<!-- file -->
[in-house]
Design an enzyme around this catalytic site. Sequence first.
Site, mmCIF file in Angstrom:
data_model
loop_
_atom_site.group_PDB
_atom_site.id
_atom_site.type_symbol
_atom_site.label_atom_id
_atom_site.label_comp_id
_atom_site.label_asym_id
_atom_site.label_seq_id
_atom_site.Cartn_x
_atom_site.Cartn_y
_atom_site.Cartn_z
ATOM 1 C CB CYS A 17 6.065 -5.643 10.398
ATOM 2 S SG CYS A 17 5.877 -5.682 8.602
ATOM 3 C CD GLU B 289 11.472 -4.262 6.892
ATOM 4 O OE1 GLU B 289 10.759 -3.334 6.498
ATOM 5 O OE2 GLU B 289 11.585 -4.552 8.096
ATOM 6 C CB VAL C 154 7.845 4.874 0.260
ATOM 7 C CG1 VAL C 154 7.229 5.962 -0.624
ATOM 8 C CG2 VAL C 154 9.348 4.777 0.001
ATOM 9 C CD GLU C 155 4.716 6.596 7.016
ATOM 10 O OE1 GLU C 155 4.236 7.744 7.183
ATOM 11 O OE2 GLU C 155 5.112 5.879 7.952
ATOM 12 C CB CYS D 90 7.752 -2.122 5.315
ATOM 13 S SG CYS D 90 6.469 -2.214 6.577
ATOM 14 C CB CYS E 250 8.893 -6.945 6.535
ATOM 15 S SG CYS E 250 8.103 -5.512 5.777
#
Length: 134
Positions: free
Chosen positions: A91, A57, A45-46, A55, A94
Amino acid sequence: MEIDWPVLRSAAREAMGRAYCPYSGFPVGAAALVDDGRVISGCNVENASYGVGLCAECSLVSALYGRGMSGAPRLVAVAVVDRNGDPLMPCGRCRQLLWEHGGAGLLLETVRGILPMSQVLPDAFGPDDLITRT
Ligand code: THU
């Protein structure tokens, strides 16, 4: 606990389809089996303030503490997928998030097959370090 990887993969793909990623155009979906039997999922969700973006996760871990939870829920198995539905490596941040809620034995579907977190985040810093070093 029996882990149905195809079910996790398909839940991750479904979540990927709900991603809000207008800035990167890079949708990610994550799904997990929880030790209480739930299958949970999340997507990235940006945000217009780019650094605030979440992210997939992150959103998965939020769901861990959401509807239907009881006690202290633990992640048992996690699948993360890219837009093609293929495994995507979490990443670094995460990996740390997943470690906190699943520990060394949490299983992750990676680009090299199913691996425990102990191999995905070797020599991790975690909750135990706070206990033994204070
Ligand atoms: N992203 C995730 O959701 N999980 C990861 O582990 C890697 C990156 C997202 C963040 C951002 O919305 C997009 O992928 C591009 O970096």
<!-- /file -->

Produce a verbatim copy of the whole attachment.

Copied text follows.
[in-house]
Design an enzyme around this catalytic site. Sequence first.
Site, mmCIF file in Angstrom:
data_model
loop_
_atom_site.group_PDB
_atom_site.id
_atom_site.type_symbol
_atom_site.label_atom_id
_atom_site.label_comp_id
_atom_site.label_asym_id
_atom_site.label_seq_id
_atom_site.Cartn_x
_atom_site.Cartn_y
_atom_site.Cartn_z
ATOM 1 C CB CYS A 17 6.065 -5.643 10.398
ATOM 2 S SG CYS A 17 5.877 -5.682 8.602
ATOM 3 C CD GLU B 289 11.472 -4.262 6.892
ATOM 4 O OE1 GLU B 289 10.759 -3.334 6.498
ATOM 5 O OE2 GLU B 289 11.585 -4.552 8.096
ATOM 6 C CB VAL C 154 7.845 4.874 0.260
ATOM 7 C CG1 VAL C 154 7.229 5.962 -0.624
ATOM 8 C CG2 VAL C 154 9.348 4.777 0.001
ATOM 9 C CD GLU C 155 4.716 6.596 7.016
ATOM 10 O OE1 GLU C 155 4.236 7.744 7.183
ATOM 11 O OE2 GLU C 155 5.112 5.879 7.952
ATOM 12 C CB CYS D 90 7.752 -2.122 5.315
ATOM 13 S SG CYS D 90 6.469 -2.214 6.577
ATOM 14 C CB CYS E 250 8.893 -6.945 6.535
ATOM 15 S SG CYS E 250 8.103 -5.512 5.777
#
Length: 134
Positions: free
Chosen positions: A91, A57, A45-46, A55, A94
Amino acid sequence: MEIDWPVLRSAAREAMGRAYCPYSGFPVGAAALVDDGRVISGCNVENASYGVGLCAECSLVSALYGRGMSGAPRLVAVAVVDRNGDPLMPCGRCRQLLWEHGGAGLLLETVRGILPMSQVLPDAFGPDDLITRT
Ligand code: THU
């Protein structure tokens, strides 16, 4: 606990389809089996303030503490997928998030097959370090 990887993969793909990623155009979906039997999922969700973006996760871990939870829920198995539905490596941040809620034995579907977190985040810093070093 029996882990149905195809079910996790398909839940991750479904979540990927709900991603809000207008800035990167890079949708990610994550799904997990929880030790209480739930299958949970999340997507990235940006945000217009780019650094605030979440992210997939992150959103998965939020769901861990959401509807239907009881006690202290633990992640048992996690699948993360890219837009093609293929495994995507979490990443670094995460990996740390997943470690906190699943520990060394949490299983992750990676680009090299199913691996425990102990191999995905070797020599991790975690909750135990706070206990033994204070
Ligand atoms: N992203 C995730 O959701 N999980 C990861 O582990 C890697 C990156 C997202 C963040 C951002 O919305 C997009 O992928 C591009 O970096």